Technology / Motorola'S Market Share
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Autor: anton 06 November 2010
Words: 993 | Pages: 4
Companies are always looking for ways to produce more revenue. Whether it is reaching out to different demographics or entering new product markets, entities are always planning that next step to succeed. Even if they hold a great amount of market share, their focus is always to predict the next hot item. An article in Business 2.0 discusses Motorolaâ€™s Chief Technology Officer, Padmasree Warrior, and her next plan of attack for Motorola. The popular Razr cell phone has been and still is a huge revenue booster for Motorola, but Warrior does not want to dwell on the success; she is thinking about the next big act. The article was a great example of how Porterâ€™s â€˜Five Forcesâ€™ can be applied in new product development and gaining market share overseas (where Motorola is not always the leader).
The article is a good example of some of the forces Porter developed. Motorola is fighting for market share in certain countries with Nokia. Gaining market share requires strategy, and these forces can help Warrior shape Motorolaâ€™s strategy. The article talked about the rivalry of Nokia in countries such as India and how Motorola is actually behind in market share. The intense rivalry between cell phone companies gives more power to buyers. The goal for Warrior is to invent its way into the overseas market by creating cell phones that tailor to the specific culture of countries overseas. The consolidated cell phone industry leads to competitive interdependence between cell phone companies, where Motorolaâ€™s new Wi-Max plans will quickly cause other large cell phone companies to give their consumers broadband everywhere. Warrior has her expertsâ€™ blog different ideas for phones as a means for new ideas that could potentially be the next innovative cell phone for Motorola. This approach has led them to create innovative ideas to tailor customer needs like the Wi-Max (broadband everywhere) future plan.
The low risk of entry established in the cell phone industry allows Motorola and the other big names to focus more on product development. Warrior has her expertsâ€™ debate different ideas to see if they can hold their ground and possibly be funded. By creating these innovated ideas they will be able to worry less about substitutes because they are actually creating the substitutes. The cordless phone is not quite the substitute it used to be. The convenient brand identity image that Motorola has makes it harder for smaller unknown cell phone companies to enter the industry.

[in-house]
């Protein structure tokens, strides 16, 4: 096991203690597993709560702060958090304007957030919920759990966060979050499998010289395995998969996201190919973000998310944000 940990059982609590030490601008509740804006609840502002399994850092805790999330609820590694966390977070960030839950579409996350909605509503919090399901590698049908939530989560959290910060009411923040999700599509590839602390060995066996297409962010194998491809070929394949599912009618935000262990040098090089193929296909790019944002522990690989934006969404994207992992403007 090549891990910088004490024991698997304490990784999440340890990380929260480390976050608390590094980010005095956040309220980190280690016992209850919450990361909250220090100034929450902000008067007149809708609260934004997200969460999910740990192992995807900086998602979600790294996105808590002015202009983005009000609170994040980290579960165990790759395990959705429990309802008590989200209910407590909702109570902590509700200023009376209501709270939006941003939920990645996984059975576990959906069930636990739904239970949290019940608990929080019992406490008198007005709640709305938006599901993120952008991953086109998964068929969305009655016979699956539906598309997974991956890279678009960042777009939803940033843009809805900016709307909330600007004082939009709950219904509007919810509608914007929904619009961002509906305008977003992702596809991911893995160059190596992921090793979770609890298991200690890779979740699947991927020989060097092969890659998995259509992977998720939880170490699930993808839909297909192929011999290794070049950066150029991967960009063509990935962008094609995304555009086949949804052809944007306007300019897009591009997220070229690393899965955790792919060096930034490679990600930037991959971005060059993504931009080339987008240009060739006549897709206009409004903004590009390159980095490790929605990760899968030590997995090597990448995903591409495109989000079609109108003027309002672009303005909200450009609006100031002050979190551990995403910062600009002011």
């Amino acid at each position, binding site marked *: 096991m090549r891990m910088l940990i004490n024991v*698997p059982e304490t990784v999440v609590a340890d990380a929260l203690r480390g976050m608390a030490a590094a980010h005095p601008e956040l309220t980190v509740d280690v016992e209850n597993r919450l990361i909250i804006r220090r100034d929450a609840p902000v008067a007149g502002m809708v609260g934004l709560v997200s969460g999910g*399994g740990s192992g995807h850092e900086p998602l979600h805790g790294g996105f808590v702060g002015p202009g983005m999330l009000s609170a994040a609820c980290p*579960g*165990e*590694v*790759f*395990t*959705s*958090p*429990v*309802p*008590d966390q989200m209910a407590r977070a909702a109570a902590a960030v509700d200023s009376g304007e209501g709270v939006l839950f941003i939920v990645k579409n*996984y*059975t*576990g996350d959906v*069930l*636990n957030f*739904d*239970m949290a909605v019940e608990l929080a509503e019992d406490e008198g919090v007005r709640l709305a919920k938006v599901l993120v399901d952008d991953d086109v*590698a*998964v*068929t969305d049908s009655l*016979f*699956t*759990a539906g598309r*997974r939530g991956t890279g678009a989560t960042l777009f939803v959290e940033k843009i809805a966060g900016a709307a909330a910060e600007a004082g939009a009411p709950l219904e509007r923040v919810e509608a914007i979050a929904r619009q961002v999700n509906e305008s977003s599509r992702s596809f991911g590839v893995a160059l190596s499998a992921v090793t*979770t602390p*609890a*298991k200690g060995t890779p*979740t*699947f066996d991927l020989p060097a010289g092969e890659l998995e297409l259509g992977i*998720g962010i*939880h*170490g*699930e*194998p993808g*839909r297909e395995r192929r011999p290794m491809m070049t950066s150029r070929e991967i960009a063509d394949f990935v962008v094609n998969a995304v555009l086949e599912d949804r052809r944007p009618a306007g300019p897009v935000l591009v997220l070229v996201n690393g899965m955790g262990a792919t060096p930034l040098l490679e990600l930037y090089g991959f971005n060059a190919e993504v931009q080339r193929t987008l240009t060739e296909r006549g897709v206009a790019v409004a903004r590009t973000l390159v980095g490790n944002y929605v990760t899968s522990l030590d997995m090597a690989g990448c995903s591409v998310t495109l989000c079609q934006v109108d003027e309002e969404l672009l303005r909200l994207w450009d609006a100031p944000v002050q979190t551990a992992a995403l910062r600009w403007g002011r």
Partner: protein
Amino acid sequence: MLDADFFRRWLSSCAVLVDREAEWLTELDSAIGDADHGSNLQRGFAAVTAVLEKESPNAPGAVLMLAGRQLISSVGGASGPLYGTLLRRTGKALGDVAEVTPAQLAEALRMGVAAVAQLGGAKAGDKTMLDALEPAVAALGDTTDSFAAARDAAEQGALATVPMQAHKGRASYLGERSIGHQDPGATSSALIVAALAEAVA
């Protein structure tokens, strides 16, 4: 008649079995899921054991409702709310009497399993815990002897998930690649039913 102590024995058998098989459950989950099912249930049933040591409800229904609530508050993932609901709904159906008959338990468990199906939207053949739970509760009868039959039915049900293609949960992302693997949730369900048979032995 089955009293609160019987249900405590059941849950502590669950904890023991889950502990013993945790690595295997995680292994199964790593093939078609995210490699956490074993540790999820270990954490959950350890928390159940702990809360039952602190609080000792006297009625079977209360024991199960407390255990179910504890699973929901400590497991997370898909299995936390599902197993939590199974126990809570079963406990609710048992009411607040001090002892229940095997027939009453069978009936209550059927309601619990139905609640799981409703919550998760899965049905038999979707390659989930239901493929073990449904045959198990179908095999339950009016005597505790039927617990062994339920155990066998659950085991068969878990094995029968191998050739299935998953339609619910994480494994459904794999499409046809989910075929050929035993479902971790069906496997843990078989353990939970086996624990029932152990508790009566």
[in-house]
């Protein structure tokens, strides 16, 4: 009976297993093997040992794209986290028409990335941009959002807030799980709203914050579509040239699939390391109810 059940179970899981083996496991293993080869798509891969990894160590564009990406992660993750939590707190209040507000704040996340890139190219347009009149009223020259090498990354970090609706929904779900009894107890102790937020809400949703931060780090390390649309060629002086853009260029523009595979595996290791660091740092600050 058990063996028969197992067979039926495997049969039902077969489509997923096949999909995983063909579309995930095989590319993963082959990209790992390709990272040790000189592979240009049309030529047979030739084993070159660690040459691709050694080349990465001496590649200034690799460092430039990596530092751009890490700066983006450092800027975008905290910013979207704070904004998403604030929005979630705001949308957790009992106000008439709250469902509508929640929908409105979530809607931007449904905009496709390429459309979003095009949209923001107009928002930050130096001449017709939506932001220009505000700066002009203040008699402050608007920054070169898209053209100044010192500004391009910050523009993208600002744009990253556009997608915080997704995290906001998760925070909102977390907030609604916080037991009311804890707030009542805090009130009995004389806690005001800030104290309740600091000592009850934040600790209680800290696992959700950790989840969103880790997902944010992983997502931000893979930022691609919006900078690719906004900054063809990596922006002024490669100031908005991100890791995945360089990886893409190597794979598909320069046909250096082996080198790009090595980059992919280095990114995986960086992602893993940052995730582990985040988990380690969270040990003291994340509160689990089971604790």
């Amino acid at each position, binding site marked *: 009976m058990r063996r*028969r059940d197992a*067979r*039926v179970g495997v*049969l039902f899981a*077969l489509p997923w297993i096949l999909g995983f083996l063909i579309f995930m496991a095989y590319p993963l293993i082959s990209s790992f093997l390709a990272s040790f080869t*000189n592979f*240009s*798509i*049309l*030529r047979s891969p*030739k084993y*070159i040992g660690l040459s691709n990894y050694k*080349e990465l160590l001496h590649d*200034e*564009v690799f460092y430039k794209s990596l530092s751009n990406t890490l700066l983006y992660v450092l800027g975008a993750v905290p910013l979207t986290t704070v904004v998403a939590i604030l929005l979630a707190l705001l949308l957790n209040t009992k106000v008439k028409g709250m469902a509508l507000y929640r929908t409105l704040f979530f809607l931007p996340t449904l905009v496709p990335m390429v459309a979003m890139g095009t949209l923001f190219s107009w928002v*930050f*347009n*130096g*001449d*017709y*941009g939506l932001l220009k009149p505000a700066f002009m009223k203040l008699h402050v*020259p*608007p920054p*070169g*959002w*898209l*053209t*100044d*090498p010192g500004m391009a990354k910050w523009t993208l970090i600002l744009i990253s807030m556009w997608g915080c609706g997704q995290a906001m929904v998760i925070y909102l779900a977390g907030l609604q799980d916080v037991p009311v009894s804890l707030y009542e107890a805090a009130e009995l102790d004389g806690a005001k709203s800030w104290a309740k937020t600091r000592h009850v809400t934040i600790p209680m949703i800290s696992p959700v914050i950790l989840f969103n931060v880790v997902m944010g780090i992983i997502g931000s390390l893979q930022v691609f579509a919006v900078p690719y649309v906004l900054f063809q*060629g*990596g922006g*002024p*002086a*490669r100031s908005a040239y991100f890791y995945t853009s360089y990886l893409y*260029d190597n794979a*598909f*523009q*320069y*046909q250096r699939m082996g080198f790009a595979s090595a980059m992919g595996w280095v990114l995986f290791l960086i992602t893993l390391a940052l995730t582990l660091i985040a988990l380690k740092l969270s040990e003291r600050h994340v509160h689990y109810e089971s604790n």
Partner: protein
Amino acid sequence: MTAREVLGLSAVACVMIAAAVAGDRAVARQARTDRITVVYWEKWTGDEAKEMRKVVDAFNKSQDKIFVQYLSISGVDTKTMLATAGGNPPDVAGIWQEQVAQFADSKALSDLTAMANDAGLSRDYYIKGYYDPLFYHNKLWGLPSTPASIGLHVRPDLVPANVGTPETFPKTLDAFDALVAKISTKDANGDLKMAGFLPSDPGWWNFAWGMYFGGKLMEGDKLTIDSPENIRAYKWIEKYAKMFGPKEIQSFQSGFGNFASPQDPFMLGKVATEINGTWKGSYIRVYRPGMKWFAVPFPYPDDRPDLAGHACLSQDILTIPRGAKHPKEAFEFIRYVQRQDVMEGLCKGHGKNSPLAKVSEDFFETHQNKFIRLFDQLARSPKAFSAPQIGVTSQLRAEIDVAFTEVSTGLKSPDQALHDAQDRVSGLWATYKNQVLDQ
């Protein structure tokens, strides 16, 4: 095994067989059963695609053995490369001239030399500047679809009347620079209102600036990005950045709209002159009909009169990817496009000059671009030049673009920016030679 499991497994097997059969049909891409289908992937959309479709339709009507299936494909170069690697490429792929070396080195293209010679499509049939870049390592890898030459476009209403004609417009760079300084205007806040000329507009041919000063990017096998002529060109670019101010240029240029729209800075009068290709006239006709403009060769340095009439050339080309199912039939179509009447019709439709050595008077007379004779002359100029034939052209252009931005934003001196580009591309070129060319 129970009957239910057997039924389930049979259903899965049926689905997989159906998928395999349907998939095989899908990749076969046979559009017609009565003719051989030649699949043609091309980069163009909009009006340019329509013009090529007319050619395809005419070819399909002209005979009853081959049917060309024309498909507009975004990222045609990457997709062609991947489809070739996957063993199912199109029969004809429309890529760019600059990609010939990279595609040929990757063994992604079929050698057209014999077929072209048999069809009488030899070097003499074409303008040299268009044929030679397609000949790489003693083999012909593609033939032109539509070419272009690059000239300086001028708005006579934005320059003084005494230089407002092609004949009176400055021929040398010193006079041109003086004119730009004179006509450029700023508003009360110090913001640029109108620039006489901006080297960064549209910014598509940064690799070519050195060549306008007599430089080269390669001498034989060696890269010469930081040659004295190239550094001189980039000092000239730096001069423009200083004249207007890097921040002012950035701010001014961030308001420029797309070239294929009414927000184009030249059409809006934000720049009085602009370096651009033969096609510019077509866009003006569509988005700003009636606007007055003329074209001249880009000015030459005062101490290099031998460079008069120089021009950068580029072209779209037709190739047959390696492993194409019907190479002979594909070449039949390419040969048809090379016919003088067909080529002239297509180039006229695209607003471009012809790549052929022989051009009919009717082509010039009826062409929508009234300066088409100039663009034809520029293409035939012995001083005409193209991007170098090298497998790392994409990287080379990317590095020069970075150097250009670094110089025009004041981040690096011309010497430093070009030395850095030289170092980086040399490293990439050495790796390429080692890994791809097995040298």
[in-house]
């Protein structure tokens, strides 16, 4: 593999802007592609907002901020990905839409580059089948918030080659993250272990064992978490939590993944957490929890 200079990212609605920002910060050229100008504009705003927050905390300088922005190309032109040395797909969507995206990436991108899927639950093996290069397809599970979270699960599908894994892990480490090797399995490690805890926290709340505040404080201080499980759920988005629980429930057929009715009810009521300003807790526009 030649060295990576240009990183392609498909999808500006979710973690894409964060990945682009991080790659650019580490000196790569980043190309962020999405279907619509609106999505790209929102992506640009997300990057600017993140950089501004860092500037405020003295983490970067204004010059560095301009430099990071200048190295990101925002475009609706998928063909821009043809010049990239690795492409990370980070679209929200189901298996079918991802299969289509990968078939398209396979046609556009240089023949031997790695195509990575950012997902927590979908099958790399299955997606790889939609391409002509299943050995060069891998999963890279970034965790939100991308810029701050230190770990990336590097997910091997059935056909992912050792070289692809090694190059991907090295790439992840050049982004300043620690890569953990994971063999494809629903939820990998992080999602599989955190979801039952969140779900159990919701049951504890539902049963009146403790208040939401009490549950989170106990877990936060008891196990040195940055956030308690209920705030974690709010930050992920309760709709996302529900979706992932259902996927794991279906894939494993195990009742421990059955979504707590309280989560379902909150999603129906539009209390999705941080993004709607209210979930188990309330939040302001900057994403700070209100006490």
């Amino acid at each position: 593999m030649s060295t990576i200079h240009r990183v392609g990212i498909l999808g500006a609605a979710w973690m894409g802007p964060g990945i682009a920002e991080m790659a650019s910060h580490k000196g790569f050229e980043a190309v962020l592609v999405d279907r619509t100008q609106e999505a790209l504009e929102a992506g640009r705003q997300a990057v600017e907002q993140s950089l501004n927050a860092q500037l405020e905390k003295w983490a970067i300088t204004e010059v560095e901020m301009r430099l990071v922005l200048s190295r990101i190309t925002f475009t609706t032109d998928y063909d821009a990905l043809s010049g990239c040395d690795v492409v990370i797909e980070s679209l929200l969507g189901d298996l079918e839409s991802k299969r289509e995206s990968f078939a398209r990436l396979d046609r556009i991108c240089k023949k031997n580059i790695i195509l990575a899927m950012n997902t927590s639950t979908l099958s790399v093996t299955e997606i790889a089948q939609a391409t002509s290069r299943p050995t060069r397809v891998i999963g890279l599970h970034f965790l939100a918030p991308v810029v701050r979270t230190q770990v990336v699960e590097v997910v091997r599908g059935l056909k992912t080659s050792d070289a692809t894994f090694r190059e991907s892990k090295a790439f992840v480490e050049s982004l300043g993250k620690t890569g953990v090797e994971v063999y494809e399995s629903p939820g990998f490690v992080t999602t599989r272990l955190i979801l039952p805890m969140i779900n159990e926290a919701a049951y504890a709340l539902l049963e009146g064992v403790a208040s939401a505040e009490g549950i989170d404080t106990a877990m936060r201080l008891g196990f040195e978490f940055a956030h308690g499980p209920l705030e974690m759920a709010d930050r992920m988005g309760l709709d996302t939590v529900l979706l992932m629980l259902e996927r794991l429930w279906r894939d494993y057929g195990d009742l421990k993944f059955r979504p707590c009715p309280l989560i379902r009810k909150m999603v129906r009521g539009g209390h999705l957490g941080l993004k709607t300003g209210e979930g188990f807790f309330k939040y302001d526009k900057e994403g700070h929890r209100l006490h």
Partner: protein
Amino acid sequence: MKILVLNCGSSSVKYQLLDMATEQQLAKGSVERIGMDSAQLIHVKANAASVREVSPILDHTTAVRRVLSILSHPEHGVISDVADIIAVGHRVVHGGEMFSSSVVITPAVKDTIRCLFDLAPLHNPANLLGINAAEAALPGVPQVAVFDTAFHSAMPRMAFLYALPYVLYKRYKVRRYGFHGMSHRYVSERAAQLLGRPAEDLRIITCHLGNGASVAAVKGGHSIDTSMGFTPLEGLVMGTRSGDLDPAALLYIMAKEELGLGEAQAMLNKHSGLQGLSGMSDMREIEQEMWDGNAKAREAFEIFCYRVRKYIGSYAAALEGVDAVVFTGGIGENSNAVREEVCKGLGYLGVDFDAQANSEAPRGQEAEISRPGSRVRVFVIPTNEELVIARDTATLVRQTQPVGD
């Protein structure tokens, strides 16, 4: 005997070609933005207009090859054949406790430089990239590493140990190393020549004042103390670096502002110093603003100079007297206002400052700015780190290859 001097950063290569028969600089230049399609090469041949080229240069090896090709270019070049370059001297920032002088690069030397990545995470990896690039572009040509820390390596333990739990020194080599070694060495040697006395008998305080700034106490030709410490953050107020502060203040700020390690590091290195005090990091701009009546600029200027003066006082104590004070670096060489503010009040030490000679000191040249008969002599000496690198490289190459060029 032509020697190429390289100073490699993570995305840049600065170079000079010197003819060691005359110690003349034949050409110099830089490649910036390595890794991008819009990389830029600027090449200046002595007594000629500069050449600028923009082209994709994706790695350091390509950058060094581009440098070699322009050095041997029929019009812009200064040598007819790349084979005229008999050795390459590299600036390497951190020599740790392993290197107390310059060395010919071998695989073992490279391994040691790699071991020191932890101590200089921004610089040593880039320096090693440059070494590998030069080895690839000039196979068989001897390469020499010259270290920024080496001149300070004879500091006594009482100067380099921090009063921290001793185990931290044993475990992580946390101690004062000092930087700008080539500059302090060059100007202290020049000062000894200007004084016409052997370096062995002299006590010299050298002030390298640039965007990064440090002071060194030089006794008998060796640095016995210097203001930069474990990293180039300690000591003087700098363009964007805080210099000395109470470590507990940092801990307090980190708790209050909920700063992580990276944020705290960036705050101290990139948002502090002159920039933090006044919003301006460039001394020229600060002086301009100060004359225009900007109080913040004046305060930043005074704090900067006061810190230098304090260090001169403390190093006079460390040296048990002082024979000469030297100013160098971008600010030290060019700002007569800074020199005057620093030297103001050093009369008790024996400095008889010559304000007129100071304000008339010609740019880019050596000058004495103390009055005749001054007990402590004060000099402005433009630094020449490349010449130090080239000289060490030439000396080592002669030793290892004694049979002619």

One of the main problems for Motorola is the overseas cell phone sales. The bargaining power of buyers is high because they expect a cell phone that can tailor to their needs. Whether it is price or performance, they have the power to choose the brand of cell phone that best fits their needs. A lot of cultures, such as China, expect innovation and top-notch products. The article points out the newly released phone in China called â€œThe Mingâ€ that has an electrophoretic screen that you can view easily in broad daylight. The more innovation achieved by Motorola will increase barriers such as brand loyalty for them and scare other companies from entering this market. Motorola predicts that the Internet on cell phones will be the next big move to make, but there are still a lot of problems that need to be addressed. Motorola has invested a lot of money into funding the new Wi-Max. This will give customers an internet connection wherever they go. This Wi-Max approach could potentially create more substitutes for cell phones, such as laptop computers, if the Internet connectivity is readily available everywhere. This also opens the gates for other companies that specialize in Wi-Max to drain money from the cell phone industry.
The article shows how Porterâ€™s â€˜five forcesâ€™ can influence a companies decision to penetrate foreign markets. Warrior had to be aware of every factor in her industry. Who Motorola is up against, how much power the buyers have, similar substitutes for their products, and barriers to entry such as brand identity for Motorola all help Warrior in developing strategies for their cell phones overseas. Warrior is basing her strategy on local needs for the countries culture. The newly released Ming discussed above is a great example of this. The phone not only reads hand written Chinese characters, 13,000 of them, but also has a built in business card scanner. Both of these options are very important for the Chinese culture. The article demonstrates the strategies companiesâ€™ need to develop if the buyers hold a lot of power. If theyâ€™re not happy with the look or if it doesnâ€™t have a feature they need buyers will generally move on to the next cell phone that has what they want. Warrior stated that 4.5 billion of the worldâ€™s population isnâ€™t connected into the cell phone industry. Their focus for the unconnected is on cheap, low-cost phones to give these people an incentive to purchase one and become connected. Product differentiation can help with the power of buyers by giving the cell phone value to the customer.
The article is an interview with Warrior about what Motorola is planning to accomplish in the future, what problems they are having, and how they plan to execute their newest strategy. While developing their cell phones for overseas markets, Warrior and the rest of Motorola have to analyze their industry through Porterâ€™s â€˜five forcesâ€™ to create and implement a strategy to increase revenue for them. They know about the numerous people out there that are not connected and count them as potential sales. By analyzing the industry through the five forces, Warrior is able to create innovative strategies that modify their industry.
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